And in this case, we were taught that the teachers who we trusted, who we very much loved and in whom we confided, the teachers who we believed were there to protect us, would given the opportunity choose their colleague’s reputation of our words. They would protect their own before they would protect us. They would choose friends’ careers over student safety. They would teach us good touch and bad touch and to say something if we saw something, and then when we followed their instructions they would tell us to shut the fuck up.
While I definitely don’t claim the circumstances to be identical, there’s no doubt in my mind that the victims who originally reported the harassment and assaults and the students who watched the administration allow Knutson back into the classroom no less than three times did get a very similar set of lessons. The girls especially were taught that their word and safety would not be valued, that they would not be believed or taken seriously, that what men in positions of authority did to their bodies did not matter, and speaking up was often fruitless. If they were ever privileged enough, as I was, to previously believe that their educators had their best interests at heart, they were taught here that their educators could not be trusted. (And if they already could not trust their educators, this was then yet one more horrific instance in a long series of systemic violence.)
What makes this case even more disturbing is how administrators still do not believe that they have done anything wrong, and still defend their right to put predator teachers’ needs above those abused students‘:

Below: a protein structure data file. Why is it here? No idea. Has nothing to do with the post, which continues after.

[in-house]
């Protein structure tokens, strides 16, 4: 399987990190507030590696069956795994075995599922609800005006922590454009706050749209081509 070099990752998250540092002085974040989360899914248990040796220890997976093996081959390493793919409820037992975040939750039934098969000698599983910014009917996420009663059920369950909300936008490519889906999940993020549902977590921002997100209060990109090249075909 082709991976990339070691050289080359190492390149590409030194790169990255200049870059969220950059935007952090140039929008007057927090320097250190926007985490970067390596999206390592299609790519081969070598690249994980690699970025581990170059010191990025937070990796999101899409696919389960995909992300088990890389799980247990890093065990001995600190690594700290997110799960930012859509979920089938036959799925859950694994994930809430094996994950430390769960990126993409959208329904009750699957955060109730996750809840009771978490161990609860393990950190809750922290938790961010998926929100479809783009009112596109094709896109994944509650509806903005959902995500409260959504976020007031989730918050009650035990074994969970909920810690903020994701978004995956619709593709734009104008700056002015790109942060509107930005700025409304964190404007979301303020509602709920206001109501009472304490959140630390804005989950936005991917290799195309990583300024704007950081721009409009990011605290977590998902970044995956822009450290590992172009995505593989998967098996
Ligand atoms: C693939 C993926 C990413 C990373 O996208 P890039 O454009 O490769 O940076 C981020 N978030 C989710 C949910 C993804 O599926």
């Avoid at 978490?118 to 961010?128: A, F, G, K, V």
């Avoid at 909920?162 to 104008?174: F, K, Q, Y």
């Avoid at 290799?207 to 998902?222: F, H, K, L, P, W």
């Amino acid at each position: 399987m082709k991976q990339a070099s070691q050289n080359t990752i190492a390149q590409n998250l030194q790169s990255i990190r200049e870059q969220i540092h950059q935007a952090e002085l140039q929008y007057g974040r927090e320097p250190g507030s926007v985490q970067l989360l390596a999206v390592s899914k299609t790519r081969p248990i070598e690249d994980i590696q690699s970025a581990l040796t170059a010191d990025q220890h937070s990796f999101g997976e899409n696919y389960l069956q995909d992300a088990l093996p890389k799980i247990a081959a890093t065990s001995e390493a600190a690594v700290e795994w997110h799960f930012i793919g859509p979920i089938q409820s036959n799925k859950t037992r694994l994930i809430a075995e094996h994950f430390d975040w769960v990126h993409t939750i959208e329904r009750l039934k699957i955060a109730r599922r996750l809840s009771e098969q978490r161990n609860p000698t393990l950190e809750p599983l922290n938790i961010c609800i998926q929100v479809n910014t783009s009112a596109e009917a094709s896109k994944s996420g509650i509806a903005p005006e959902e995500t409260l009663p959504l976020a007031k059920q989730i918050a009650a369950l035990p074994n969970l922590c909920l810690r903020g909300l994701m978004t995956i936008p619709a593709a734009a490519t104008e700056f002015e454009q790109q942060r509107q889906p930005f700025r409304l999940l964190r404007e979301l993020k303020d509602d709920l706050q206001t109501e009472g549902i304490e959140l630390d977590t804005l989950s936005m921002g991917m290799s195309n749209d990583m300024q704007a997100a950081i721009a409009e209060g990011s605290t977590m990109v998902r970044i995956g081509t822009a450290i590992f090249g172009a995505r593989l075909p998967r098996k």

Susan Colvin, principal at Nathan Hale Middle School, addressed a school board committee, which voted Monday to keep in place district policies for reporting allegations of sexual harassment and child abuse.
Board member Bambi Bartek asked Colvin if she believed she had done the right thing.
“Without a doubt, definitely,” Colvin said in her first public remarks about the allegations against former Nathan Hale teacher Shad M. Knutson. Colvin declined to comment further after the meeting. [...]
Proulx said student complaints should be looked into, but in a way that maintains the teacher’s dignity.
Board vice president Shirley Tyree said such allegations should be handled carefully.
“We need to be very, very careful when we start accusing people of things,” she said. “They never get that portion of their life back.”
If nothing has been learned from this case, I don’t know what it might possibly take for a lesson to be learned. After all, one can hardly learn what one actively resists being taught. What we’re seeing here is a clear statement that teacher rights come before student rights and student safety. It’s not a particularly new or surprising revelation that the rights of abusers come before those of their victims, but particularly within a school setting it is one with chilling implications, nonetheless.